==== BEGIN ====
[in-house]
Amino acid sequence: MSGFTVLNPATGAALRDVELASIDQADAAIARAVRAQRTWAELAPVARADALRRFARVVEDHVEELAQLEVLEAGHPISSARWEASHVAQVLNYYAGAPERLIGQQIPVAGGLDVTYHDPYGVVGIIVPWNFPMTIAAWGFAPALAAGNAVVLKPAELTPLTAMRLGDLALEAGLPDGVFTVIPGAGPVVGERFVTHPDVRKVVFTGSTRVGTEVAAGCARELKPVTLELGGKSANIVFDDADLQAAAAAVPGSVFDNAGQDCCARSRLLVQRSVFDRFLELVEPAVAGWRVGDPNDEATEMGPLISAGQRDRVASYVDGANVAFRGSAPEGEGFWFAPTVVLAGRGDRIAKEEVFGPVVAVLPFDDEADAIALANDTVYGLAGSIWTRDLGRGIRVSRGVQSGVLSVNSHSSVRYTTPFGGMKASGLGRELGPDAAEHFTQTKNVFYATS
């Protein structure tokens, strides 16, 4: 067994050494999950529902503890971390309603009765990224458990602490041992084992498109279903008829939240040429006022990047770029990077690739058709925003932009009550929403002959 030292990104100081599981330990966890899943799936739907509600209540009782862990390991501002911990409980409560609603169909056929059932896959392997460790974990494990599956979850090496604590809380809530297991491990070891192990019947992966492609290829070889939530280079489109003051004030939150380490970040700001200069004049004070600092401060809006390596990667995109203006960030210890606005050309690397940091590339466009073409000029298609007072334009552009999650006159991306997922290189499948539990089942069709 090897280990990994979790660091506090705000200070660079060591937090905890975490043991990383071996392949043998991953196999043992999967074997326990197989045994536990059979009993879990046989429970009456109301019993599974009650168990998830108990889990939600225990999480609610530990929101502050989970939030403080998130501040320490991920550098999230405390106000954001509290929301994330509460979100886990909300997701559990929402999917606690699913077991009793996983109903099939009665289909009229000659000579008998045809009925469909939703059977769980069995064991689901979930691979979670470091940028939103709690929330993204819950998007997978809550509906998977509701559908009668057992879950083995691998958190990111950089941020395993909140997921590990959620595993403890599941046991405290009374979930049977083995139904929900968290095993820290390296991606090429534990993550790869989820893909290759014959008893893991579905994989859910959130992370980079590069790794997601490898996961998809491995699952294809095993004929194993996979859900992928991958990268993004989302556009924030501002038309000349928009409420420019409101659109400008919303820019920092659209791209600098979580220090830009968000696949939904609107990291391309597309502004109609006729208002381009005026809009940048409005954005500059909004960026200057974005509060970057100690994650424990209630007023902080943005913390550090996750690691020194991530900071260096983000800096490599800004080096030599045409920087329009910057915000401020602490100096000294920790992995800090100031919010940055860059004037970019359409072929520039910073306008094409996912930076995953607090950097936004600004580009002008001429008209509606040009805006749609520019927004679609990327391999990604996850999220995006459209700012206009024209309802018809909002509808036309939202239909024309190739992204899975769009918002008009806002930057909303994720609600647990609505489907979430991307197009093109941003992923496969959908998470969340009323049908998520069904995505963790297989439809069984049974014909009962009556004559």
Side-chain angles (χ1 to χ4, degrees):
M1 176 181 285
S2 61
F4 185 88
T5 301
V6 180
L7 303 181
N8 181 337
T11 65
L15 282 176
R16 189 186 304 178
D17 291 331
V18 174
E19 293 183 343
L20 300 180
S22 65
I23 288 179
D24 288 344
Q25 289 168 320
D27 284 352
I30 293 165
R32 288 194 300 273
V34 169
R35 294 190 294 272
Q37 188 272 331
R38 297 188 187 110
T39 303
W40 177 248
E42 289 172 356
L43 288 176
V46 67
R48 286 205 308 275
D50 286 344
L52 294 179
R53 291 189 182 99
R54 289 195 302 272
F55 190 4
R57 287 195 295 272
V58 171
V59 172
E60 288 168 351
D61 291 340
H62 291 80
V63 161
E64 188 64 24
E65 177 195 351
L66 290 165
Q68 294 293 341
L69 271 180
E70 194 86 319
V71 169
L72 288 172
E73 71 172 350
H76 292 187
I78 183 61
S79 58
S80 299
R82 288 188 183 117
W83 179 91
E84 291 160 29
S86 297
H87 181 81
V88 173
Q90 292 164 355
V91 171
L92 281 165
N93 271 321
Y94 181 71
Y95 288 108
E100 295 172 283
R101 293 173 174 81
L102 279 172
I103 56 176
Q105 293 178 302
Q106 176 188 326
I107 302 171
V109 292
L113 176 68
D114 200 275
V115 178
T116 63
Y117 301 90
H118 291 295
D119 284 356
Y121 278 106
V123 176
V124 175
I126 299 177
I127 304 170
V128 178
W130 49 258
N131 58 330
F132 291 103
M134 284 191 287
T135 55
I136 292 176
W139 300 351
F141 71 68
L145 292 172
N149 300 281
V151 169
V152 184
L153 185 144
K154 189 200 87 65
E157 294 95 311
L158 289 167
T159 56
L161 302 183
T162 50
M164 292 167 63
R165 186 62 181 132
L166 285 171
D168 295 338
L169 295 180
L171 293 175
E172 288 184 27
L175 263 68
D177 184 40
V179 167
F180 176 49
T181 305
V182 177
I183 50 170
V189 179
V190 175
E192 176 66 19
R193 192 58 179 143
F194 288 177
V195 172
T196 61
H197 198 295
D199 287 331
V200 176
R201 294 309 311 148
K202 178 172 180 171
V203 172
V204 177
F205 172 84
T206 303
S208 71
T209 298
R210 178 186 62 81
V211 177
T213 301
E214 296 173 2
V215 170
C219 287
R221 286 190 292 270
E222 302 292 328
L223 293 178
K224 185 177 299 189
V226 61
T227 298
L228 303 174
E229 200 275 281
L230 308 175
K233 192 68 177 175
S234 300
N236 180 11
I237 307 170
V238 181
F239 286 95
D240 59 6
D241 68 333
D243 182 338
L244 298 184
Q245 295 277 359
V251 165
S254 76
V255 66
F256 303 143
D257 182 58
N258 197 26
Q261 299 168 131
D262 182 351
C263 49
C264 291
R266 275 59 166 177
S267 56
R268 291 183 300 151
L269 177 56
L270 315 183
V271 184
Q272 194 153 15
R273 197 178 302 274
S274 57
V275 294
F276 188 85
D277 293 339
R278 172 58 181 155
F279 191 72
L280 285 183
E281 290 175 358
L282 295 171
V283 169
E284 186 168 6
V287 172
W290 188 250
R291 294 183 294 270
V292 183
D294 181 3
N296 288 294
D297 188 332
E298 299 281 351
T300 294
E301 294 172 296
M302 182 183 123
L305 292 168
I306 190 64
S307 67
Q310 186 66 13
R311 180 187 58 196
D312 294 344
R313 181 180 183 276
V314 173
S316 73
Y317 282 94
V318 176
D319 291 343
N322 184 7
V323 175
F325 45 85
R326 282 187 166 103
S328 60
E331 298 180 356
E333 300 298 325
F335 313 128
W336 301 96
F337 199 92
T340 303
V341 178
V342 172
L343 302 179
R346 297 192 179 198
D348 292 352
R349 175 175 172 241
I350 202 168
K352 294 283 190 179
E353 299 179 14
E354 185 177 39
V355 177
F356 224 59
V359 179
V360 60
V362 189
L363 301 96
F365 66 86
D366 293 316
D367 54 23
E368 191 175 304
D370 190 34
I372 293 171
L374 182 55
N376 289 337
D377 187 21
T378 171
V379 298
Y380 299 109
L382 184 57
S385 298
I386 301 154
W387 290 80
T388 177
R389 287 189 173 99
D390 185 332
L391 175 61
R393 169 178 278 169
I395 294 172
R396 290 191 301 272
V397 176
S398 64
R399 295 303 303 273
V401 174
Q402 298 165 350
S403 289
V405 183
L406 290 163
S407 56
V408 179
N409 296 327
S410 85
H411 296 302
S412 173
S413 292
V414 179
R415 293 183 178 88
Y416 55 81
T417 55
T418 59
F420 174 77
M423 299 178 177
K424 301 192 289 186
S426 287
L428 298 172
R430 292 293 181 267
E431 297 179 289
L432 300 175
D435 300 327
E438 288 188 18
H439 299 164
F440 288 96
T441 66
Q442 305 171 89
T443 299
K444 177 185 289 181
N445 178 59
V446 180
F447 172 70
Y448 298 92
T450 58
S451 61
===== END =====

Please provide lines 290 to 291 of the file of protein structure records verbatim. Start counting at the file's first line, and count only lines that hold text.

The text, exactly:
Y416 55 81
T417 55